Hello, new bonsai owner, just wanted to introduce myself and get input (pics)

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Welcome

Post  jake4bonsai on Fri Oct 21, 2011 3:47 am

Your very welcome! I am a beginner also but i have learned alot in 3/4 of a year, and am being tought by someone thats been in bonsai 40 years and horticulture even longer. He learn from Ben Okie and Richard Strauss wich whom were two of John Nakas students. Probably the biggest name is bonsai ever, or one of the biggest anyhow. Oh yes, and thats another thing. If you want to collect and grow bonsai learn everything you can about horticulture itself. I always tell people starting out it doesnt do any good to buy bonsai if you dont have the skills to keep them alive. Thats the most important aspect exspecially if you decide to creat bonsai from nursery stock or native plants, the plant has to be very very healthy before it can be cultivated as bonsai. It must be strong and mature and no issues as far as health goes. If you develope a good horticulture back ground you will produce good bonsai.

Always here to help if i can, sometimes im the one needing help! lol.
Jake

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Re: Hello, new bonsai owner, just wanted to introduce myself and get input (pics)

Post  drgonzo on Sun Oct 23, 2011 3:01 am

So Jake let me get this straight.

you've been doing Bonsai for 9 months and have 150 plants with 65-75 of those being bonsai or pre-bonsai?

even when I had "cloners madness" I never approached those numbers. How do you find the time to water? Bless you're plant loving heart Laughing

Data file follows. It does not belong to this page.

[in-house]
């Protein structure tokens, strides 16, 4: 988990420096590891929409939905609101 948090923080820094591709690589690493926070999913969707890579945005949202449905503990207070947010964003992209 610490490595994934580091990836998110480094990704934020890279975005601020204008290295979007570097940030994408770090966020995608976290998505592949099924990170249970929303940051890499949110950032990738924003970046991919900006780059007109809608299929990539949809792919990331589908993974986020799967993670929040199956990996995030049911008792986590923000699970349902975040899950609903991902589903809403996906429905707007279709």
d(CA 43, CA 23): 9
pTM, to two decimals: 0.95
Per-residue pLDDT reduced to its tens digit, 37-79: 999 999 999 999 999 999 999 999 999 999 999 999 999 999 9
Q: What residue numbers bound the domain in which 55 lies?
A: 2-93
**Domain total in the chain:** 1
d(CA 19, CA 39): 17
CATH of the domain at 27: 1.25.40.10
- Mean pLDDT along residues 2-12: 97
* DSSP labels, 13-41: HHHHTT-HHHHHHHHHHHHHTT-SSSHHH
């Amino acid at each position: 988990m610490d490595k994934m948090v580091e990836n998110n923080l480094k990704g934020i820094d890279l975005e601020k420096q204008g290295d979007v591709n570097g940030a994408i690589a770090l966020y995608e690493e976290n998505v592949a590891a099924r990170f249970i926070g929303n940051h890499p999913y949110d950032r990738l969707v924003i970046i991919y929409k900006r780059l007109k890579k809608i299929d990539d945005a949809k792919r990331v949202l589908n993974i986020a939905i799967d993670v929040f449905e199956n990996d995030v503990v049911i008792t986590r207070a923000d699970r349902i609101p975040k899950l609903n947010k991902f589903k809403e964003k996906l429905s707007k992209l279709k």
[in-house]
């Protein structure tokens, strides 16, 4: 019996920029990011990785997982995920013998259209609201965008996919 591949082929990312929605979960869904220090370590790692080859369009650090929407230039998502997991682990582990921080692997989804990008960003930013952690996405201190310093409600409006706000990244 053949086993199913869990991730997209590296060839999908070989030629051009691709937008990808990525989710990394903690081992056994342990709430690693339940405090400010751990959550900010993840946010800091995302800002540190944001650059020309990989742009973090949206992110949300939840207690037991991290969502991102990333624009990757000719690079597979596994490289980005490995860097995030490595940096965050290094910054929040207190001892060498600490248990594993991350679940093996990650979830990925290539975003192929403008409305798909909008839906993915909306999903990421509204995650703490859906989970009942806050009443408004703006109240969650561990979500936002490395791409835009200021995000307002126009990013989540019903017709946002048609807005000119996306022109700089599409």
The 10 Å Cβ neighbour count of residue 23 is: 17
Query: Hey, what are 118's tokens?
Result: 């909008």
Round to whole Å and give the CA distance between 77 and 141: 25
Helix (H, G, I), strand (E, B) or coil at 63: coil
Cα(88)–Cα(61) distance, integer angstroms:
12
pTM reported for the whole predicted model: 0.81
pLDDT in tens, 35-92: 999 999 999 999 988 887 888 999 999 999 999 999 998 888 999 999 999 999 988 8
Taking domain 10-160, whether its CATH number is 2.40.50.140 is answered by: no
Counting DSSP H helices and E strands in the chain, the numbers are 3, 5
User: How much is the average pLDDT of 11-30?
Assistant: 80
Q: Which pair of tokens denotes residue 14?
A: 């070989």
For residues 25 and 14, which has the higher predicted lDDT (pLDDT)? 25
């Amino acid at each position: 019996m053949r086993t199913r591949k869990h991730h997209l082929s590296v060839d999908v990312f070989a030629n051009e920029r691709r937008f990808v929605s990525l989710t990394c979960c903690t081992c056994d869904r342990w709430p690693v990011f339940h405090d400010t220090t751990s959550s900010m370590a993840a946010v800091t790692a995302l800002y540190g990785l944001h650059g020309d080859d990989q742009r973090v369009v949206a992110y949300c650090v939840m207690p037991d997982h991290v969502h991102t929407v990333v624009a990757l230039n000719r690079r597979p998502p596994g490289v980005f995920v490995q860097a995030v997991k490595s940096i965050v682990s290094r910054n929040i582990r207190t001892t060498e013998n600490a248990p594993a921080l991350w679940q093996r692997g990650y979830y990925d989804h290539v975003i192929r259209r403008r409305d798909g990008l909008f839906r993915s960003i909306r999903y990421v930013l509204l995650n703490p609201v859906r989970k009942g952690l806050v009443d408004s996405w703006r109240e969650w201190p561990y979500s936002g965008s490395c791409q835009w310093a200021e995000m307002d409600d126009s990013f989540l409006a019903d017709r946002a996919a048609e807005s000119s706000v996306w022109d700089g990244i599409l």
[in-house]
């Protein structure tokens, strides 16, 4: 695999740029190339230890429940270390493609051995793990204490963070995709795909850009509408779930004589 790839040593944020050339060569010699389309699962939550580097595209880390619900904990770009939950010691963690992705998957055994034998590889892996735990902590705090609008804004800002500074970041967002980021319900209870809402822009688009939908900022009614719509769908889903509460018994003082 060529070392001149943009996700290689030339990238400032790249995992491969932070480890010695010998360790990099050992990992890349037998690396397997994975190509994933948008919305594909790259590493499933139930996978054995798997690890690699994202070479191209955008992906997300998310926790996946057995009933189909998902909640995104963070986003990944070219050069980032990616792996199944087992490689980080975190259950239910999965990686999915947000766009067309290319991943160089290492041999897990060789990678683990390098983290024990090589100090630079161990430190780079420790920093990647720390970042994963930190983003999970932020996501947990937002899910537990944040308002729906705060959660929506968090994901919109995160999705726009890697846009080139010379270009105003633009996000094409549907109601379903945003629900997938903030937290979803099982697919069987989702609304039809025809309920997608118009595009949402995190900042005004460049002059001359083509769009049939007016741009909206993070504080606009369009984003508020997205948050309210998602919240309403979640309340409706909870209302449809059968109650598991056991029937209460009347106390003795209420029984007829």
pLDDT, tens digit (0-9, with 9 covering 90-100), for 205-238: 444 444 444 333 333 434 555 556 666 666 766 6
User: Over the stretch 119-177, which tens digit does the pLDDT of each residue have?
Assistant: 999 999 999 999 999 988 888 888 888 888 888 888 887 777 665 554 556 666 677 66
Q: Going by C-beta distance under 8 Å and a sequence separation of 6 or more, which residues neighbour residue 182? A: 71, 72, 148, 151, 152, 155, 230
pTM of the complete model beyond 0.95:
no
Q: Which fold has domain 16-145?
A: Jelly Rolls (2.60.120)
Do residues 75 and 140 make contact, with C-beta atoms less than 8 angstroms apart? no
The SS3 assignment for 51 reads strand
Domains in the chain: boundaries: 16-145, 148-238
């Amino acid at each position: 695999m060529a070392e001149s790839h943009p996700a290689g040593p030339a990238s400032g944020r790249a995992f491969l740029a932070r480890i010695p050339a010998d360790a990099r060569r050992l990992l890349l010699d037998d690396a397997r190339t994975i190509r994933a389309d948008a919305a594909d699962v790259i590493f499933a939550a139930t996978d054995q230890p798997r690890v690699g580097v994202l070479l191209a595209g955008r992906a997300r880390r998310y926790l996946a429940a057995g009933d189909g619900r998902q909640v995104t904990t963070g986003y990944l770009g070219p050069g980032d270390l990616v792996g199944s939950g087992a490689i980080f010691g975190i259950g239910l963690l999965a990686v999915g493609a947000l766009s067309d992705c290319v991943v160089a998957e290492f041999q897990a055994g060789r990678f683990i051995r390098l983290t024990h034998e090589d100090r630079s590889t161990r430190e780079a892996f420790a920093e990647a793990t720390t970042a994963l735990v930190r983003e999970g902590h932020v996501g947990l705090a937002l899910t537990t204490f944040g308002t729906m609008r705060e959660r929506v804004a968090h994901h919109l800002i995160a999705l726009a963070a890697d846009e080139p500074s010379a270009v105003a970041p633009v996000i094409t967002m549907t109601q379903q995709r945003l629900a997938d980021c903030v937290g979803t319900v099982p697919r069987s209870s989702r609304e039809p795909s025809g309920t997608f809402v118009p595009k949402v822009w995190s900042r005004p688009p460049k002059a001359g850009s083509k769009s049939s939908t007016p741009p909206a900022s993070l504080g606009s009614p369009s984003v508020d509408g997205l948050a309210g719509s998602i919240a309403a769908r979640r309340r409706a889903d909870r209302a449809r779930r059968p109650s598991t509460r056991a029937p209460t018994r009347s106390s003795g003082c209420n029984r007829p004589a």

and welcome to the forum
-Jay

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Re: Hello, new bonsai owner, just wanted to introduce myself and get input (pics)

Post  coh on Sun Oct 23, 2011 3:41 am

Jay, you better get busy...some catching up to do!

Chris

P.S. To the original poster (parabellum), welcome to the forum!

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Re: Hello, new bonsai owner, just wanted to introduce myself and get input (pics)

Post  Tony on Sun Oct 23, 2011 8:33 am

Jake wrote: If you want to collect and grow bonsai learn everything you can about horticulture itself. I always tell people starting out it doesnt do any good to buy bonsai if you dont have the skills to keep them alive. Thats the most important aspect exspecially if you decide to create bonsai from nursery stock or native plants, the plant has to be very very healthy before it can be cultivated as bonsai. It must be strong and mature and no issues as far as health goes. If you develop a good horticulture back ground you will produce good bonsai.

Jake

This statement should be published every month here on IBC, this approach is fundamental to the creation of good bonsai... Jake... YOU are a HERO thumbs up

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Re: Hello, new bonsai owner, just wanted to introduce myself and get input (pics)

Post  jun on Sun Oct 23, 2011 8:50 am